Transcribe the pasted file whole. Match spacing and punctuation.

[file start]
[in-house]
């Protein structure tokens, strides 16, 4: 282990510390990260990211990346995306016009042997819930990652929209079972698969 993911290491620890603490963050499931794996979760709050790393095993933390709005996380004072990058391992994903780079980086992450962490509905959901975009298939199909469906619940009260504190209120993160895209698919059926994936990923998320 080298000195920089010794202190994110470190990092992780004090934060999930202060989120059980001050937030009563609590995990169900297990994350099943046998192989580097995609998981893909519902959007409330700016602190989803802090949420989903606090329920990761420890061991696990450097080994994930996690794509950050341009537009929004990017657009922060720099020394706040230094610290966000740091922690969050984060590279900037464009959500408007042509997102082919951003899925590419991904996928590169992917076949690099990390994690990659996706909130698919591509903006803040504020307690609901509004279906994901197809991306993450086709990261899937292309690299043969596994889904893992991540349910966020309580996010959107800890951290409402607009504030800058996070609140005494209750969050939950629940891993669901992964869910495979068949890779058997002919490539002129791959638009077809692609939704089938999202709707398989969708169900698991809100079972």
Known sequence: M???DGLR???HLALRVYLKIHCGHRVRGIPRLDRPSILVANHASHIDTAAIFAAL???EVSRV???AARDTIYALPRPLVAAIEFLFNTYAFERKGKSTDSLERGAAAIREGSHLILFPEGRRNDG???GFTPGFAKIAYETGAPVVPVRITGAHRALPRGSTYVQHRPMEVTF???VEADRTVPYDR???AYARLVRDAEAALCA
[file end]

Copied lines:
[in-house]
């Protein structure tokens, strides 16, 4: 282990510390990260990211990346995306016009042997819930990652929209079972698969 993911290491620890603490963050499931794996979760709050790393095993933390709005996380004072990058391992994903780079980086992450962490509905959901975009298939199909469906619940009260504190209120993160895209698919059926994936990923998320 080298000195920089010794202190994110470190990092992780004090934060999930202060989120059980001050937030009563609590995990169900297990994350099943046998192989580097995609998981893909519902959007409330700016602190989803802090949420989903606090329920990761420890061991696990450097080994994930996690794509950050341009537009929004990017657009922060720099020394706040230094610290966000740091922690969050984060590279900037464009959500408007042509997102082919951003899925590419991904996928590169992917076949690099990390994690990659996706909130698919591509903006803040504020307690609901509004279906994901197809991306993450086709990261899937292309690299043969596994889904893992991540349910966020309580996010959107800890951290409402607009504030800058996070609140005494209750969050939950629940891993669901992964869910495979068949890779058997002919490539002129791959638009077809692609939704089938999202709707398989969708169900698991809100079972």
Known sequence: M???DGLR???HLALRVYLKIHCGHRVRGIPRLDRPSILVANHASHIDTAAIFAAL???EVSRV???AARDTIYALPRPLVAAIEFLFNTYAFERKGKSTDSLERGAAAIREGSHLILFPEGRRNDG???GFTPGFAKIAYETGAPVVPVRITGAHRALPRGSTYVQHRPMEVTF???VEADRTVPYDR???AYARLVRDAEAALCA